Fundraisers, leaders and nonprofit professionals from across the country convened on campus in July for the second summer chapter of the college’s new Philanthropy and Development master’s degree program.
“It is so exciting to see the growth of this endeavor,” said Jeff Lukken, Administrative Director of Graduate and Degree Completion Programs. “We welcomed students this year from all points of the compass – word is spreading about the quality of our professors and courses.”
Especially thrilling is the expansion of the faculty, he said, including John Lippincott, president emeritus of the Council for Advancement and Support of Education.
“He is respected all over the world for his expertise and knowledge,” Lukken said. “He has spent his career helping schools, colleges and universities strengthen their fundraising, alumni relations, communications and marketing operations. We are so lucky to have him.”
The quality of the professors impressed and inspired participants in the program.
“Having John Lippincott was huge,” said Jim Caskey, vice president for advancement at Goshen (Ind.) College. “But all of the professors are practitioners and researchers who are actually working in the field. It’s not just theory and books, we are learning from their real experiences.”
Kevin Callahan, chief development officer for a health system in Winchester, Va., agreed.
“Many of the instructors have multiple decades of hands-on experience,” he said. “These people are educators but they are also fundraisers who understand the challenges and opportunities of what we do. They have a huge amount of credibility and they are really good teachers.”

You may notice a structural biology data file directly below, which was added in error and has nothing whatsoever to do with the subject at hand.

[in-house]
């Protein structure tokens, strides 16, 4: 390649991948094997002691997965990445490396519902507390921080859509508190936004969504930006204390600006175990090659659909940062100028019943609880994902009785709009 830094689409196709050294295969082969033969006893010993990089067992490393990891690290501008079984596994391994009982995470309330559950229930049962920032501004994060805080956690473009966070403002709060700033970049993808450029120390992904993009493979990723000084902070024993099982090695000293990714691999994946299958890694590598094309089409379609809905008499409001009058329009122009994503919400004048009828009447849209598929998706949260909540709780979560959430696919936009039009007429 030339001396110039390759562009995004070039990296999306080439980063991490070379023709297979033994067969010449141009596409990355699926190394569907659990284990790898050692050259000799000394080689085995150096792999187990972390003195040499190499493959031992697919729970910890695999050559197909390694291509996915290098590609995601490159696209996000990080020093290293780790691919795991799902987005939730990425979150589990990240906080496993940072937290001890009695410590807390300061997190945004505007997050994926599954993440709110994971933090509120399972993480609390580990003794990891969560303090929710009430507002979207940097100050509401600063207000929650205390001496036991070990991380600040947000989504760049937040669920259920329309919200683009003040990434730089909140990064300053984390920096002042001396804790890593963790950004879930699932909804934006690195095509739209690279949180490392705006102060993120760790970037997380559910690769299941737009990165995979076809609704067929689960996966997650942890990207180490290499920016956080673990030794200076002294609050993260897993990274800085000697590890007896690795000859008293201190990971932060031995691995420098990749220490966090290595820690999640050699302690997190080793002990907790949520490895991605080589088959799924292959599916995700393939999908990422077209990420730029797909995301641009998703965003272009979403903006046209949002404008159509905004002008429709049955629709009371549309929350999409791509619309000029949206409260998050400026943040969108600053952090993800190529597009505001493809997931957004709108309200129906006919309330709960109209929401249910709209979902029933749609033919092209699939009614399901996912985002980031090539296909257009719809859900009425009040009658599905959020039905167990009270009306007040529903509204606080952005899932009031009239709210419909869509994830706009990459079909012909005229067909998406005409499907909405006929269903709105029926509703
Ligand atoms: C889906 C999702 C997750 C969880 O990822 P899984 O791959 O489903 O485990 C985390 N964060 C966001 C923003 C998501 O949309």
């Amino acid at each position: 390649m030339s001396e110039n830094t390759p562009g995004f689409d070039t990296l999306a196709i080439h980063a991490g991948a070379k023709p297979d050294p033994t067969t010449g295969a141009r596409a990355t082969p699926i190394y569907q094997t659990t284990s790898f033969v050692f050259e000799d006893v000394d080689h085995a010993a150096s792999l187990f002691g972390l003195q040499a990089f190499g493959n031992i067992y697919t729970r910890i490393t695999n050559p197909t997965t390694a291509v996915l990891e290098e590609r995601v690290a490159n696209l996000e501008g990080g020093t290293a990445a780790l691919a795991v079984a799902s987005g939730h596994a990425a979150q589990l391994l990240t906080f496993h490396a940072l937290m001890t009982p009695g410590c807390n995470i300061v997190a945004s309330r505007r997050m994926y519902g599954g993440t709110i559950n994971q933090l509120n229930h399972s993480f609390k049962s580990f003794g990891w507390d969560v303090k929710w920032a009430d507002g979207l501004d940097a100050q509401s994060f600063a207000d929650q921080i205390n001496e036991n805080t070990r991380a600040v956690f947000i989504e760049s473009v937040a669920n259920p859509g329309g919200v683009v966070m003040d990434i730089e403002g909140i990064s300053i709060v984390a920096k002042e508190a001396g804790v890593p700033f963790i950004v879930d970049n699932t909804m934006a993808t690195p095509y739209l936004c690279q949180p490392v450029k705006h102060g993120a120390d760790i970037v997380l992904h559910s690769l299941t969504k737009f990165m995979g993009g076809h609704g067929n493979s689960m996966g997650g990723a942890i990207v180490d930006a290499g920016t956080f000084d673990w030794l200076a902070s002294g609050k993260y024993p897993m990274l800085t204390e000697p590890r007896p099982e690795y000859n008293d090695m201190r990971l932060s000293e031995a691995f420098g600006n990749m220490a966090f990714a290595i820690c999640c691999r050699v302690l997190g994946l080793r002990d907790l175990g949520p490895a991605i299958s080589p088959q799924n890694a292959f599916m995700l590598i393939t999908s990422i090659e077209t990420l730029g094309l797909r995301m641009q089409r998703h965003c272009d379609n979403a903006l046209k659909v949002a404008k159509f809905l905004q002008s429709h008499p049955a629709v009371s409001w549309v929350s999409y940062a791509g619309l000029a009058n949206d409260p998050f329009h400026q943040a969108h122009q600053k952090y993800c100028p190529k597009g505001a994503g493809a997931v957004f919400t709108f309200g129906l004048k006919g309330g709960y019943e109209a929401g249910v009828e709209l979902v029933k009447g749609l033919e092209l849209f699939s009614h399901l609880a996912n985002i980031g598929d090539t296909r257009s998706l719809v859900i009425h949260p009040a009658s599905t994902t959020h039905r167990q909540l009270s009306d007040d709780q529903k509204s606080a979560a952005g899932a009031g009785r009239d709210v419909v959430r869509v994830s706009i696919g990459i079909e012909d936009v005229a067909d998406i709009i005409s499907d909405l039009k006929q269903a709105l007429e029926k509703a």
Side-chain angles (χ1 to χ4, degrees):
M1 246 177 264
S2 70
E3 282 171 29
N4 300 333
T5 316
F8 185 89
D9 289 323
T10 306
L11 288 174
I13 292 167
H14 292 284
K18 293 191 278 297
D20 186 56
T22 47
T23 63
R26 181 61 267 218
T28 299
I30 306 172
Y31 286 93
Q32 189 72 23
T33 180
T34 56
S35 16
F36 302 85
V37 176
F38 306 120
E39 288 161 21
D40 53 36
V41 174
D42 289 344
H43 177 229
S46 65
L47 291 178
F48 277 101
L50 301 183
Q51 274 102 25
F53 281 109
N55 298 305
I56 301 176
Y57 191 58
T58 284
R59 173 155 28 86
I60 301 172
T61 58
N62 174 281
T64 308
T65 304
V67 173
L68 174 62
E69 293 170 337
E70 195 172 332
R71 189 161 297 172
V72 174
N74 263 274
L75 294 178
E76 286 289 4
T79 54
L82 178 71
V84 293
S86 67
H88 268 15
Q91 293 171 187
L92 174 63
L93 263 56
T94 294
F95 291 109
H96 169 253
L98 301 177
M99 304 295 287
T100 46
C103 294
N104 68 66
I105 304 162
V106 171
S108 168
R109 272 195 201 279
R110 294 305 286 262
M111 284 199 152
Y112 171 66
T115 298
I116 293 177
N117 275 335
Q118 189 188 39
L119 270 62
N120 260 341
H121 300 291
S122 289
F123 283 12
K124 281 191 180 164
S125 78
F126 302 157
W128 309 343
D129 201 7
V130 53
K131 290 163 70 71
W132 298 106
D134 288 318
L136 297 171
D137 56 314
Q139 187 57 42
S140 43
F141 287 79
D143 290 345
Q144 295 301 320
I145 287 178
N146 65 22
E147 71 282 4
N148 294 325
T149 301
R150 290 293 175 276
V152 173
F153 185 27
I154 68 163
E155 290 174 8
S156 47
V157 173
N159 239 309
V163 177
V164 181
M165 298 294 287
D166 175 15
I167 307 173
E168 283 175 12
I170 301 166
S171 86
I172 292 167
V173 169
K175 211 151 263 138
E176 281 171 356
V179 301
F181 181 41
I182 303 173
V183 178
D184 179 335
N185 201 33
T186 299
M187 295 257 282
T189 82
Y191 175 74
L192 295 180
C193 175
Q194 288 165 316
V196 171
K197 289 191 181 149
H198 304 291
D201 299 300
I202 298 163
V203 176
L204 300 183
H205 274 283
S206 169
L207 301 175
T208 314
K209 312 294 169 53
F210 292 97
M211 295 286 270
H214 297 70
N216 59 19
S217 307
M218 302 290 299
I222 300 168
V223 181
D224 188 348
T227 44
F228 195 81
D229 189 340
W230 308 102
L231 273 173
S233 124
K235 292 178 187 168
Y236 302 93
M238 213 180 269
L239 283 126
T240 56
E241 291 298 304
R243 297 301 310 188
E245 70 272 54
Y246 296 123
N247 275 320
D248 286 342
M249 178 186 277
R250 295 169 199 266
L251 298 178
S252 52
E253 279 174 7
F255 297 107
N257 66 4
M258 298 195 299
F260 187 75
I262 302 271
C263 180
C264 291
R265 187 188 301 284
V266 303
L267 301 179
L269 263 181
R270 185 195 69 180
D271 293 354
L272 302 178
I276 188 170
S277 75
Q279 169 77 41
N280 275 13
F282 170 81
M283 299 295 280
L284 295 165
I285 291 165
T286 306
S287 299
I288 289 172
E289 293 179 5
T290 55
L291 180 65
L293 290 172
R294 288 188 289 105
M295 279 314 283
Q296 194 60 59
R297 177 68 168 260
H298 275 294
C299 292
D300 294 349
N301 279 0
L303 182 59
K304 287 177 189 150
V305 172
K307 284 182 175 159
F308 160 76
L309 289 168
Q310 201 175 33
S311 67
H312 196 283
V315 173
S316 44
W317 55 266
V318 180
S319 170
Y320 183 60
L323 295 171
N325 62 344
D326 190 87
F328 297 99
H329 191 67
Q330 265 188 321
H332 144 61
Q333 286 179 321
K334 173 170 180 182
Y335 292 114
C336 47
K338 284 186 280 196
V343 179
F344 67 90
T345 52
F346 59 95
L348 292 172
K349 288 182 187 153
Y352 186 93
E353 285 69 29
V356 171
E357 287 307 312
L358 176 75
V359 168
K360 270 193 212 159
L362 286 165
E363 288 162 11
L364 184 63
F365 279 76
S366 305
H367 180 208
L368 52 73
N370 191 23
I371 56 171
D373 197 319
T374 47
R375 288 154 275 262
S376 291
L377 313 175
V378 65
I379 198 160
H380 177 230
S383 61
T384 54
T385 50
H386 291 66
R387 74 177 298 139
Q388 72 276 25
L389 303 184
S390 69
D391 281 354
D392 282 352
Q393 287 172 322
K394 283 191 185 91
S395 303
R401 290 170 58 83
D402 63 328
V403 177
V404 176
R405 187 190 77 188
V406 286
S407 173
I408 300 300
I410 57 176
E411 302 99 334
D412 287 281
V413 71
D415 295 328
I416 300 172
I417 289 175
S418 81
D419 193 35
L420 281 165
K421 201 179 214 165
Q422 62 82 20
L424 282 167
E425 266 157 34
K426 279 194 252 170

Other faculty members include Holly Hall from the Chronicle of Philanthropy; Dr. JuliAnn Mazachek, president and CEO of Washburn University Foundation; renowned development executive Dr. Tom Thomsen; Will Jones, Vice President for External Relations at LaGrange; Dr. David Ahearn, religion professor and ethicist; and Nancy Brown, an independent consultant in charitable estate planning.
Hall said there are many things that make the LaGrange program stand out.
“Students have the opportunity to interact with and learn from some of the most influential professionals in the field,” she said. “The classes are of a very manageable size, so students get a lot of one-on-one attention. And there is no other program like this in the Southeast.”
Many of the students said they are receiving much more than they expected.
Jennifer Thomasson, director of development for a school in Ponte Vedra Beach, Fla., said she initially thought the degree would just be something good to put on her resume.
“But now I see what I do is so much deeper,” she said. “It’s completely turned everything I thought I knew upside down. I feel like I’m a completely different person after these two weeks.”
Members of the first class have been so inspired by their studies that they wanted to do something to give back.
“Last year, we purchased ‘The Giving Tree,’ a book by Shel Silverstein,” said Sarah Swain, director of giving at a college in North Carolina. “The tree’s act of selfless love and giving is symbolic of our work in the field of philanthropy.